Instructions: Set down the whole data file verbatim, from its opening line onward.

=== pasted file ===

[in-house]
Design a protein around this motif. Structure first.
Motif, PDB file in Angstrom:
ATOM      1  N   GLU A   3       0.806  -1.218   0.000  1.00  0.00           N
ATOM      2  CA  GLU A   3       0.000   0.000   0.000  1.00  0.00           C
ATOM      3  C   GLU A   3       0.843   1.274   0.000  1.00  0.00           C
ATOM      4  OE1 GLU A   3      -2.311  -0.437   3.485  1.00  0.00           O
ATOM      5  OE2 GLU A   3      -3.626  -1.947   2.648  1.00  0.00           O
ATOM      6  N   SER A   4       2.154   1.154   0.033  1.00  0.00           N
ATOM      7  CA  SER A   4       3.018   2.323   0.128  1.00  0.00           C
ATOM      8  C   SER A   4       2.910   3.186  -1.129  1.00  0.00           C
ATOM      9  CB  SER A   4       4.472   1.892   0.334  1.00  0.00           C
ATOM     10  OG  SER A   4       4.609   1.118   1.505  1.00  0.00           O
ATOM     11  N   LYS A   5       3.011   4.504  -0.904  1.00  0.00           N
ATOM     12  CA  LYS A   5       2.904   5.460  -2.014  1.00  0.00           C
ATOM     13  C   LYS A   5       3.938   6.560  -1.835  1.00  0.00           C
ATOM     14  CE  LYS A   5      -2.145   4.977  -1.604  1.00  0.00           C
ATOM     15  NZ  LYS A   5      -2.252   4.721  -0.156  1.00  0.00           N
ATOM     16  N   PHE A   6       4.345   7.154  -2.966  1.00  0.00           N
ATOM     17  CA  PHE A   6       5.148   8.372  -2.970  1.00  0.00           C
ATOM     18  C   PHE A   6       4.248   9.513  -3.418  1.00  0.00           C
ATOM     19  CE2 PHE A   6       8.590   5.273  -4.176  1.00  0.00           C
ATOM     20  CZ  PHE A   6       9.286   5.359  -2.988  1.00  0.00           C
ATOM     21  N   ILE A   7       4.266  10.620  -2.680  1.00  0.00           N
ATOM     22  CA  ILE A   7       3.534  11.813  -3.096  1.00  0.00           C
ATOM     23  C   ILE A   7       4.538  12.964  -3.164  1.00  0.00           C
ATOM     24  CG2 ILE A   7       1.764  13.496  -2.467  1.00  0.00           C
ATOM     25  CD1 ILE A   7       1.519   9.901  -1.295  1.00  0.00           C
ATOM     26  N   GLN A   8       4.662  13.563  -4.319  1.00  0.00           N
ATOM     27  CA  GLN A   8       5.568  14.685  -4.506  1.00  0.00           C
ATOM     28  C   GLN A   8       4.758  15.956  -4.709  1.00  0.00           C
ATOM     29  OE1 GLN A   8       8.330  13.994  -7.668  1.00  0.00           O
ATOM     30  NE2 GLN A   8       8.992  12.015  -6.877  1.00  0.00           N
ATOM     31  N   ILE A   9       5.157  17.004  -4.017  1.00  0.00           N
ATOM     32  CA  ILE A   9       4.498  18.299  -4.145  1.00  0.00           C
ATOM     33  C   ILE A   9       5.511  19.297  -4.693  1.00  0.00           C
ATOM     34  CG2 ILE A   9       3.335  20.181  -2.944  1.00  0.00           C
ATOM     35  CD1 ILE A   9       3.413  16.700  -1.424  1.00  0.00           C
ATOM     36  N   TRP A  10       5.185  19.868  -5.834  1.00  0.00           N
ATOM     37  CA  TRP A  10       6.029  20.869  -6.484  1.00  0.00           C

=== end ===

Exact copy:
[in-house]
Design a protein around this motif. Structure first.
Motif, PDB file in Angstrom:
ATOM      1  N   GLU A   3       0.806  -1.218   0.000  1.00  0.00           N
ATOM      2  CA  GLU A   3       0.000   0.000   0.000  1.00  0.00           C
ATOM      3  C   GLU A   3       0.843   1.274   0.000  1.00  0.00           C
ATOM      4  OE1 GLU A   3      -2.311  -0.437   3.485  1.00  0.00           O
ATOM      5  OE2 GLU A   3      -3.626  -1.947   2.648  1.00  0.00           O
ATOM      6  N   SER A   4       2.154   1.154   0.033  1.00  0.00           N
ATOM      7  CA  SER A   4       3.018   2.323   0.128  1.00  0.00           C
ATOM      8  C   SER A   4       2.910   3.186  -1.129  1.00  0.00           C
ATOM      9  CB  SER A   4       4.472   1.892   0.334  1.00  0.00           C
ATOM     10  OG  SER A   4       4.609   1.118   1.505  1.00  0.00           O
ATOM     11  N   LYS A   5       3.011   4.504  -0.904  1.00  0.00           N
ATOM     12  CA  LYS A   5       2.904   5.460  -2.014  1.00  0.00           C
ATOM     13  C   LYS A   5       3.938   6.560  -1.835  1.00  0.00           C
ATOM     14  CE  LYS A   5      -2.145   4.977  -1.604  1.00  0.00           C
ATOM     15  NZ  LYS A   5      -2.252   4.721  -0.156  1.00  0.00           N
ATOM     16  N   PHE A   6       4.345   7.154  -2.966  1.00  0.00           N
ATOM     17  CA  PHE A   6       5.148   8.372  -2.970  1.00  0.00           C
ATOM     18  C   PHE A   6       4.248   9.513  -3.418  1.00  0.00           C
ATOM     19  CE2 PHE A   6       8.590   5.273  -4.176  1.00  0.00           C
ATOM     20  CZ  PHE A   6       9.286   5.359  -2.988  1.00  0.00           C
ATOM     21  N   ILE A   7       4.266  10.620  -2.680  1.00  0.00           N
ATOM     22  CA  ILE A   7       3.534  11.813  -3.096  1.00  0.00           C
ATOM     23  C   ILE A   7       4.538  12.964  -3.164  1.00  0.00           C
ATOM     24  CG2 ILE A   7       1.764  13.496  -2.467  1.00  0.00           C
ATOM     25  CD1 ILE A   7       1.519   9.901  -1.295  1.00  0.00           C
ATOM     26  N   GLN A   8       4.662  13.563  -4.319  1.00  0.00           N
ATOM     27  CA  GLN A   8       5.568  14.685  -4.506  1.00  0.00           C
ATOM     28  C   GLN A   8       4.758  15.956  -4.709  1.00  0.00           C
ATOM     29  OE1 GLN A   8       8.330  13.994  -7.668  1.00  0.00           O
ATOM     30  NE2 GLN A   8       8.992  12.015  -6.877  1.00  0.00           N
ATOM     31  N   ILE A   9       5.157  17.004  -4.017  1.00  0.00           N
ATOM     32  CA  ILE A   9       4.498  18.299  -4.145  1.00  0.00           C
ATOM     33  C   ILE A   9       5.511  19.297  -4.693  1.00  0.00           C
ATOM     34  CG2 ILE A   9       3.335  20.181  -2.944  1.00  0.00           C
ATOM     35  CD1 ILE A   9       3.413  16.700  -1.424  1.00  0.00           C
ATOM     36  N   TRP A  10       5.185  19.868  -5.834  1.00  0.00           N
ATOM     37  CA  TRP A  10       6.029  20.869  -6.484  1.00  0.00           C